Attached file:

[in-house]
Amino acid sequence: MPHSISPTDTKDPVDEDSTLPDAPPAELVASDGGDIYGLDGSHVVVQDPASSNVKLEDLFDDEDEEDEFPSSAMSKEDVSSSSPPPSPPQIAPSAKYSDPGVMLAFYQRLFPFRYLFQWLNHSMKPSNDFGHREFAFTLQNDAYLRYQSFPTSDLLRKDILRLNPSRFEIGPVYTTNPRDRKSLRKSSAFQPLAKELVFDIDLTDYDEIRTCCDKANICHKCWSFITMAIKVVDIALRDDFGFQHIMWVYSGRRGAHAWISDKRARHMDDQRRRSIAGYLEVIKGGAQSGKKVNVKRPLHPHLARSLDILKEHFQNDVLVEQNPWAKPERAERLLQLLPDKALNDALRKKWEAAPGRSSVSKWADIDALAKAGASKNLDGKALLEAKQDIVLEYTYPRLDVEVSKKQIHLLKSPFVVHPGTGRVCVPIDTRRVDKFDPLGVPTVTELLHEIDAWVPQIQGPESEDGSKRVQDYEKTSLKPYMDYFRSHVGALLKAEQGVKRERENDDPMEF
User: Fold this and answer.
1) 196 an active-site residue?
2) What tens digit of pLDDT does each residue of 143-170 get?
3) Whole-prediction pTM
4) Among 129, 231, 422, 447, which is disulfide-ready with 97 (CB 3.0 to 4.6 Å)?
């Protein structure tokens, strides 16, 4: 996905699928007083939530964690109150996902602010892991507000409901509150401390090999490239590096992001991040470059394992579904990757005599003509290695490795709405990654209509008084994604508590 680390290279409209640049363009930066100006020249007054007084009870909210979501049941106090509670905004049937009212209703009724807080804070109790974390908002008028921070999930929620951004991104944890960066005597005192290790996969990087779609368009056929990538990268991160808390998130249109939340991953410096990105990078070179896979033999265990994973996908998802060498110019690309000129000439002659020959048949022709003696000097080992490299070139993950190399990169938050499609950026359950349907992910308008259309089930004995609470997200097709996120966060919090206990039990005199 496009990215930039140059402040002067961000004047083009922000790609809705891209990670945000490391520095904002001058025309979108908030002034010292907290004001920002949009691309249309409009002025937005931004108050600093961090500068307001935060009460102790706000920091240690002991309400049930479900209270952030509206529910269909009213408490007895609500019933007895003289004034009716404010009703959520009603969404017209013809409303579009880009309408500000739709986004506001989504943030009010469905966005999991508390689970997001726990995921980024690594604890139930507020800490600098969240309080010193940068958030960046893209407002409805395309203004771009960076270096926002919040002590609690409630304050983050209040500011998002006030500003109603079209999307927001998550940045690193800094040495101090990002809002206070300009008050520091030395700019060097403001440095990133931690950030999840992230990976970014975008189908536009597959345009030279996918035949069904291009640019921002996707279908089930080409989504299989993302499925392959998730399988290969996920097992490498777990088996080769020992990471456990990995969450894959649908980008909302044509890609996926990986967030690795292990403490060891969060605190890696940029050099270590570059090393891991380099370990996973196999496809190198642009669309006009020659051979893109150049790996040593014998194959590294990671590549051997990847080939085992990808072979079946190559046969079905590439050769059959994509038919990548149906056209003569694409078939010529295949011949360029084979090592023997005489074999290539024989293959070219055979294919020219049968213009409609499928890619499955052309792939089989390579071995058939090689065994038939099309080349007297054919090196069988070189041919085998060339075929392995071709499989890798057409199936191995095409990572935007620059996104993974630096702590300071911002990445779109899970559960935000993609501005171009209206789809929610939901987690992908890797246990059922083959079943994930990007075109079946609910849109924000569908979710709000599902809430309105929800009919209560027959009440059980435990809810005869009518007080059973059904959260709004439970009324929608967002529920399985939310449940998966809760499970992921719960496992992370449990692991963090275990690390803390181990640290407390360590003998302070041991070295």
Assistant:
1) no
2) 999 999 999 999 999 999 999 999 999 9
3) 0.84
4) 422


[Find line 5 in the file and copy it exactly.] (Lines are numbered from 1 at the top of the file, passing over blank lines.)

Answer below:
2) What tens digit of pLDDT does each residue of 143-170 get?